However, there are instances when a pump is truly the only option. For example, some skincare products with active ingredients use special airless containers to help prevent formulas from coming into contact with the outside environment and stave off bacteria. Another example is liquid products that are meant to be sprayed. A sprayers and atomizers are versions of pumps, and have the mixed materials and tiny parts associated with other personal care pumps.
THe REINVENTION OF PUMPS
Another approach to the pump problem is to redesign the pump for recyclability. Ren Clean Skincare is the first personal care brand to try. The brand developed a spring-free, all-plastic pump. The pump is an exciting innovation and step in the right direction. The catch is Ren’s pump contains a variety of types of plastic and recycling it remains tricky.
Brazilian packaging manufacturer Wista Airless Systems is behind a mono-material pump designed out of polyethylene or PE and has a PE spring. The tubes or bottles attached to the pumps are also constructed from PE, making the entire package 100% PE and truly mono-material. Wista offers recyclable sugarcane-based PE, too, which lessens environmental impacts by not being petroleum-based. INNBeauty Project uses a CTK Cosmetics mono-material pump in its Slushy Serum Moisturizer Cream. In an Instagram post, the clean beauty brand asserts it’s the first fully curb-side recyclable pump on the market. The pump is made from polypropylene or PP.
The next hurdle is ensuring recyclable packages actually are recycled. Brands with mono-material pumps must educate consumers to deposit packages into the right bins when they’re finished with their products. Then, the robots and people sorting items at material recovery facilities, where curbside recycling is taken before being sorted, baled and sold, have to know which pumps and packages are mono-material.
Currently, most material sorting at facilities is done visually, so a mono-material pump would get pulled off the recycling line and sent into the landfill stream since it looks like any other pump. To create identifiable recyclable pumps, a universal symbol to indicate mono-materiality should be displayed on packages. I also hope that recycling infrastructure continues to improve and innovate to introduce new ways of plastic sorting.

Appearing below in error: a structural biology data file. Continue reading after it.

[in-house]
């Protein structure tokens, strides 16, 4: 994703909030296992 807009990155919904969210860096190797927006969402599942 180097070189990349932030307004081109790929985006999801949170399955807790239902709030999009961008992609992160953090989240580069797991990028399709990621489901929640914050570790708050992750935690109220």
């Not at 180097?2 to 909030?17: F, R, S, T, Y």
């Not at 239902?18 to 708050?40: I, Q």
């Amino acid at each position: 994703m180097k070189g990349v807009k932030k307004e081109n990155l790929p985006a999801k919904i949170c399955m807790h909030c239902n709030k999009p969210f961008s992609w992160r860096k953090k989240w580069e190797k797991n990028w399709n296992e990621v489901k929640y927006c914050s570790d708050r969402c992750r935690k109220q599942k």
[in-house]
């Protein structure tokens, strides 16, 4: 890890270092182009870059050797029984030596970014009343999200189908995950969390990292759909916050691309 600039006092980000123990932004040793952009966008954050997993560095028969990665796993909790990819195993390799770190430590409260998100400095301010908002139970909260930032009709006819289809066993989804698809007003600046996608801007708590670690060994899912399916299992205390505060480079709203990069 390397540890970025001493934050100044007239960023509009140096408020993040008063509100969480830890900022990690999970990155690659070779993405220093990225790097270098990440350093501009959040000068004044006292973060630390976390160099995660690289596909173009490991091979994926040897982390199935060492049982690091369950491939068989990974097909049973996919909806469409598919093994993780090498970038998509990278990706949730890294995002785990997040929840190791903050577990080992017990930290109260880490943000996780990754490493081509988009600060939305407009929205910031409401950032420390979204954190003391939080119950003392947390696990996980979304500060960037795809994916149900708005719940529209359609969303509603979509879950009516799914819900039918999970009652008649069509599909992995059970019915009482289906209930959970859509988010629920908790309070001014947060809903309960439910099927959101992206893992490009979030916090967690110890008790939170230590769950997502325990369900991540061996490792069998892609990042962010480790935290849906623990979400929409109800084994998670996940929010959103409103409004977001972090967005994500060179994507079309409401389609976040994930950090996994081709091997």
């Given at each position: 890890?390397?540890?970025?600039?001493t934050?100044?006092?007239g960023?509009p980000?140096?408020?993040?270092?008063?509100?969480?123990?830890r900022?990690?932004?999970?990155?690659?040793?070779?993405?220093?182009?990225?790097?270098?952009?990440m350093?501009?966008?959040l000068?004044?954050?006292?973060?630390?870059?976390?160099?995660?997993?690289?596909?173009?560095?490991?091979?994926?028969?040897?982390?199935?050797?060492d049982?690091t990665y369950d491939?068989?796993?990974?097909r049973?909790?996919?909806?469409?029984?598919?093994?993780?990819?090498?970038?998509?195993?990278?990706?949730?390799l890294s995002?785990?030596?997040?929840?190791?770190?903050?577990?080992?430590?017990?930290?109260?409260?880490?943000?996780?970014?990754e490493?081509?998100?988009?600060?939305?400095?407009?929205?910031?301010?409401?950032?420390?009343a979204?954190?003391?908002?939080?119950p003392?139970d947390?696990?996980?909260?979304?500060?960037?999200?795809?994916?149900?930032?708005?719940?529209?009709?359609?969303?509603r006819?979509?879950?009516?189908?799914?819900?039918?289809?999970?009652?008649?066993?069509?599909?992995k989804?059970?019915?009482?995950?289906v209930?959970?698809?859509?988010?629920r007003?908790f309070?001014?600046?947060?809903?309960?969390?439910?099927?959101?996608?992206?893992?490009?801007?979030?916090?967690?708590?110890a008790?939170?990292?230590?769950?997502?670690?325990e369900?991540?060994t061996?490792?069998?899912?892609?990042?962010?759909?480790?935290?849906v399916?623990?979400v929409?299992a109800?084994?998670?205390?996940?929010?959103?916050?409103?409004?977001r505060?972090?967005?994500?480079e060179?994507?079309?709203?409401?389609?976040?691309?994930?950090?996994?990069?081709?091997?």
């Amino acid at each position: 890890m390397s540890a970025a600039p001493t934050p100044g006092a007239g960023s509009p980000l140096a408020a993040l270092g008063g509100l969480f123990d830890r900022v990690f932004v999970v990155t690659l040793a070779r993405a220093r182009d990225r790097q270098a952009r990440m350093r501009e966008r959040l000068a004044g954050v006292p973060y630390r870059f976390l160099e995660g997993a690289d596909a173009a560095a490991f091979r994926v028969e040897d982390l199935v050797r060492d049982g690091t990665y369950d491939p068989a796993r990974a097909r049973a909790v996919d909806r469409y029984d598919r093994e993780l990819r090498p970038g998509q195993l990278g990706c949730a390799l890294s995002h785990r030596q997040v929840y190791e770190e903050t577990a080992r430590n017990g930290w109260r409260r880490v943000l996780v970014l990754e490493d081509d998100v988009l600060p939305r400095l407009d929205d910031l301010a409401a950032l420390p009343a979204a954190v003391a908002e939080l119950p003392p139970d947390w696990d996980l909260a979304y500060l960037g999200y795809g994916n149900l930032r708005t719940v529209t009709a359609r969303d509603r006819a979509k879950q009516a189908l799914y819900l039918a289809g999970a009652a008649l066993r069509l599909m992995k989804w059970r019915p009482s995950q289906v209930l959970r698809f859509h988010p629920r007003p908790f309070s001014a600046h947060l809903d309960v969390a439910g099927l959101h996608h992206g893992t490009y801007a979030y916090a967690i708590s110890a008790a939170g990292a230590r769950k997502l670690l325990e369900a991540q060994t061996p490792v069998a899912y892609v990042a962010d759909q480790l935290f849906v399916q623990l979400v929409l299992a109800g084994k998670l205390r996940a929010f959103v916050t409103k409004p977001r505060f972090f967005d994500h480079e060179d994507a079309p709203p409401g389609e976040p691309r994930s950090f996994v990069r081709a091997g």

Since there isn’t a great solution for recycling pumps yet, the best short-term solution is to change how we use them. The idea of throwing away a pump every time you complete your shampoo or body lotion is bananas. The fine pieces of pump machinery have the capacity to be used over and over again. Ask the brands you love to sell bottles with and without pumps included, so you have the option to reuse them. Or request brands offer refill pouches or stations to refill bottles. Try shopping for personal care items at a package-free shop. Refill the bottles in your home whenever possible instead of buying new bottles.
Eco-conscious people and companies are addressing the implications of the enormous flood of personal care plastic waste. Fortunately, they seem to agree on two things: 1). Brands have a responsibility to be thoughtful about the types of packages they put into the world. 2). Consumers should reexamine the manner in which they buy, use and discard packages, and support brands that are doing better for the earth. Together, we can find a new path for pumps.
Lauren Golik is the art director at Bartlett Brands, an award-winning boutique branding agency in San Francisco. She leverages brand strategy to create holistic visual brand narratives incorporating identity, packaging, photography, video and marketing campaigns for clients ranging from cosmetics to consumables. Prior to Bartlett Brands, Golik worked in graphic design at Kendo Brands and Bare Escentuals.